why is black and white not a color

Color is only something that exists in the mind of the perceiver. Explanation. Color is the reflection of particular portions of the light spectrum. Red, Orange, Yellow, Green, Blue, Indigo and Violet. The colors that can be seen in a pure rainbow. These reflections are picked up by the optic nerve and translated by the brain into the "colors" we all know. White is the reflection of ALL the colors. Black is the reflection of none. When one perceives black there is no perception at all. Example. If there is a picture of a flag, green stripes next black next to yellow, you see the green and the yellow but you do not see the black. It is nothingness. But since you see the yellow and green in contrast then the black appears to be there. To sum it up. White is NOT a color but an equal combination of ALL the colors of the visible light spectrum. Black is NOTHING but the comparative perception of the surroundings.


It can not be seen.
The stimulus for color hasn't disappeared at night. The problem is that there simply isn't enough light for us to perceive colors. I took this picture of Yosemite Falls at night (about 11:00PM) on an early spring evening with a nearly-full moon. I set my camera exposure time to about two minutes in order to capture enough light to make the image. You can see that it was taken at night by looking at the stars in the sky and seeing that they actually moved a little bit (well actually the earth rotated a little) during the long exposure time. This full-color night-time image shows that all the colors are still there under moonlight, but we just can't see them. The sky is blue, the water white, trees green and brown, rocks gray and brown, etc. When I was in the original location, I could only see a black and white version of the scene with my naked eyes.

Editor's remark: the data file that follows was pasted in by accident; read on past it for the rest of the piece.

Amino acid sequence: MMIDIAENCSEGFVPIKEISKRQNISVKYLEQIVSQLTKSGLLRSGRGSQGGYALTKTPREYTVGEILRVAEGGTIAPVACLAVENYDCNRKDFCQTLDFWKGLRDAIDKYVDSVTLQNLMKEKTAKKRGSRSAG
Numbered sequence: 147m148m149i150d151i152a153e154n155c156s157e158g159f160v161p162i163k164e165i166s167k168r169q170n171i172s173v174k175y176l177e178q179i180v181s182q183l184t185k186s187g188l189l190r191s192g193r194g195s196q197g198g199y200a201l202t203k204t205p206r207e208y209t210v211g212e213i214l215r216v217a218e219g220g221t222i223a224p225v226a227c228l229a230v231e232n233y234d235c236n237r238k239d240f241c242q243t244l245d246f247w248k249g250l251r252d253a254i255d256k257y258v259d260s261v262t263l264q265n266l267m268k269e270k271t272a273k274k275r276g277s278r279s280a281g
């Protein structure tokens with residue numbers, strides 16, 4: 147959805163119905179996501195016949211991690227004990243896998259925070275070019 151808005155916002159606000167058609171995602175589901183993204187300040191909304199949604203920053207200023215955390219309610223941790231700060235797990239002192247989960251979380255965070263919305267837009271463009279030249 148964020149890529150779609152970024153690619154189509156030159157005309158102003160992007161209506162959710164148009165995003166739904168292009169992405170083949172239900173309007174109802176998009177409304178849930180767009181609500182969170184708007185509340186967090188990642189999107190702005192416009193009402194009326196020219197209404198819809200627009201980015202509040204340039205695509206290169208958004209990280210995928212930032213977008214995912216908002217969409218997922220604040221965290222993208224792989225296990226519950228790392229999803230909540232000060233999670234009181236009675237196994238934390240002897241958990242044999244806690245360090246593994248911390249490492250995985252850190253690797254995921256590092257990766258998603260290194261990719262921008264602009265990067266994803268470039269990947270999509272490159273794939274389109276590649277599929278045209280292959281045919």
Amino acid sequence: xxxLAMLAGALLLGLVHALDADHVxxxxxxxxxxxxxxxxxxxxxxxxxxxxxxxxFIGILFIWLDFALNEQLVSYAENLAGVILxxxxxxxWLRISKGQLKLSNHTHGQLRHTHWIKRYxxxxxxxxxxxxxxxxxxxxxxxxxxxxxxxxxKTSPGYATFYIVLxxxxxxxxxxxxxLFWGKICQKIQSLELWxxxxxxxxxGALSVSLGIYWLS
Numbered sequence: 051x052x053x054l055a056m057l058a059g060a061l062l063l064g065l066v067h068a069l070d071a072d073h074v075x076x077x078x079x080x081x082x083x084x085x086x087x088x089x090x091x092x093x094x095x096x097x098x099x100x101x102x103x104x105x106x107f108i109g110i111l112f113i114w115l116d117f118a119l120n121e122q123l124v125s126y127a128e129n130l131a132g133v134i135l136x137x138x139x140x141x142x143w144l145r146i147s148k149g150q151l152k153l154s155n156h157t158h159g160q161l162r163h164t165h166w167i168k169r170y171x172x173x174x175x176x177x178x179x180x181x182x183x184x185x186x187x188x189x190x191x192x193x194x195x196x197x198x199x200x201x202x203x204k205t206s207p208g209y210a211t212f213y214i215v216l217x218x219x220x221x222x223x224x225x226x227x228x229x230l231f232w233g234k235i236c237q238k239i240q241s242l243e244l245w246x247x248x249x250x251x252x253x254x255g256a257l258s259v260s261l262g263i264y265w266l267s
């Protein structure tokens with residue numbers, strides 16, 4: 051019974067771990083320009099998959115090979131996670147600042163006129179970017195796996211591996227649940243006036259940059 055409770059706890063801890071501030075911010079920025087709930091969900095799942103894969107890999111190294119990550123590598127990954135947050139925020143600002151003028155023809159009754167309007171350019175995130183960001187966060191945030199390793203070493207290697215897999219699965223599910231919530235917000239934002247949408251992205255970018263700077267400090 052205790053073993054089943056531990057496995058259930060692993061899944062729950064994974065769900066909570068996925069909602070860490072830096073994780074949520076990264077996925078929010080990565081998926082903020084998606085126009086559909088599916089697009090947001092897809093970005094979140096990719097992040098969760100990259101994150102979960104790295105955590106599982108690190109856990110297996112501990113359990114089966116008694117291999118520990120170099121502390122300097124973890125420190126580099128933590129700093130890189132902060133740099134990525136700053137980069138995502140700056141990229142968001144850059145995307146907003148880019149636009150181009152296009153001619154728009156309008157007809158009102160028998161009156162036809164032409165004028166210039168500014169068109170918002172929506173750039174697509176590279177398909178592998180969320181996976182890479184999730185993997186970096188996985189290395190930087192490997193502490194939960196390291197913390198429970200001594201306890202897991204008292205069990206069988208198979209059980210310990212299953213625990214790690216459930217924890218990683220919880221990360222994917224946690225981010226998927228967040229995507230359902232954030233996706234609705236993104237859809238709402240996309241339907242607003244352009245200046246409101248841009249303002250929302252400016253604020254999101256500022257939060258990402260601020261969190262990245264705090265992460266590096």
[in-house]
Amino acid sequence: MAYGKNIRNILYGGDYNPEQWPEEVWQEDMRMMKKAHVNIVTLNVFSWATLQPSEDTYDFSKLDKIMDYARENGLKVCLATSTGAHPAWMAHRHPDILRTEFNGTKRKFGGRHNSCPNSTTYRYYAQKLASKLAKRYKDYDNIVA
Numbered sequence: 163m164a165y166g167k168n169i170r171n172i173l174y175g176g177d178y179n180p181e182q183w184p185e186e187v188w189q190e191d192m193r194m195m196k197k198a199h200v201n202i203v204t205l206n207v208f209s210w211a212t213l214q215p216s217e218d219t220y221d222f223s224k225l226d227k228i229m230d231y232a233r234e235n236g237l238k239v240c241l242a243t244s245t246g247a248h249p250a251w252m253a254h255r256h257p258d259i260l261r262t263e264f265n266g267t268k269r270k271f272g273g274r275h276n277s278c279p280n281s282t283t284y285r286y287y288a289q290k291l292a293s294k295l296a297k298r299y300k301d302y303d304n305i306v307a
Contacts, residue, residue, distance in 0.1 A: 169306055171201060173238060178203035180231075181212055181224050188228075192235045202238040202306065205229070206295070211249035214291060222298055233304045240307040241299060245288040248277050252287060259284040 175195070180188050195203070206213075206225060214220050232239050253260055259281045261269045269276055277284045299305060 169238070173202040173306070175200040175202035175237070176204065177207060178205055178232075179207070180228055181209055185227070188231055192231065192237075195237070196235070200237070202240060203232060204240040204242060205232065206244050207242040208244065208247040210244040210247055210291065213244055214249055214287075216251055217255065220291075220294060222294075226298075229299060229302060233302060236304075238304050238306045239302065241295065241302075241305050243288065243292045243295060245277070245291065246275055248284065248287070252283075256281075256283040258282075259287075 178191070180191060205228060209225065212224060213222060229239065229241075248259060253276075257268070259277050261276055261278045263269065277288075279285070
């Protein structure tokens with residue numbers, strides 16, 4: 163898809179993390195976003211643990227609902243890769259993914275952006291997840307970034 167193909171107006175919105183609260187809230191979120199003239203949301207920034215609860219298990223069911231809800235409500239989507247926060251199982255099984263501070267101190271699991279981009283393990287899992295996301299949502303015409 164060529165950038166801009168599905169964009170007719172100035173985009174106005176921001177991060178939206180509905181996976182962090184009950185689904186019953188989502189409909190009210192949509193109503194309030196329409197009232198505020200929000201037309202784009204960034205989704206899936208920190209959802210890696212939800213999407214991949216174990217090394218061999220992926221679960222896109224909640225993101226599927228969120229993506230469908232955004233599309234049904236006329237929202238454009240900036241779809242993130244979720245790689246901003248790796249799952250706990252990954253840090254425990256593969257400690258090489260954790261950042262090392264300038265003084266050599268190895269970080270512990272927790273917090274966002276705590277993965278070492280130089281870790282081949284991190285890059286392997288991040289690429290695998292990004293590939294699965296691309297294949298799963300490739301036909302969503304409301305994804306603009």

That is because there was only enough light for my rods to function and not my cones. Why Can't I See Colors at Night? You can't see colors at night because our visual systems are not designed to see colors when there isn't very much light in a scene. We actually have two visual systems that work in parallel to help us survive in the world. When there is plenty of light, we use our cone photoreceptors. There are three types of cones roughly sensitive to red, green, and blue light and we can compare the images captured with these three systems to perceive the colors in the scene. We can also see fine detail with our cones. However, the ability to see colors and detail with our cone system means that the cones cannot be very sensitive to light. As the light levels decrease at night, we reach a point where our cones can no longer respond because there simply is not enough light for them to produce a response.


In this situation, our visual system automatically switches to a second set of photoreceptors known as rods. There is only one type of rod receptor, so that means we can only see in shades of gray when our rods are working and our cones are not. The rods also gang up together to capture light over relatively large areas. This helps them to be very sensitive to the small amounts of light available at night, but it means that they cannot possibly allow us to resolve fine details. Thus, it is our switch from the color-sensitive, but light-insensitive, cone system to the color-insensitive, but very light-sensitive, rod system that causes us to loose our color vision at night. Or as it was once written by the rock band, The Moody Blues: Red is gray and yellow, white And which is an illusion Explore the at this level. Explore the on this topic. Ever wonder. Updated: June 3, 2010

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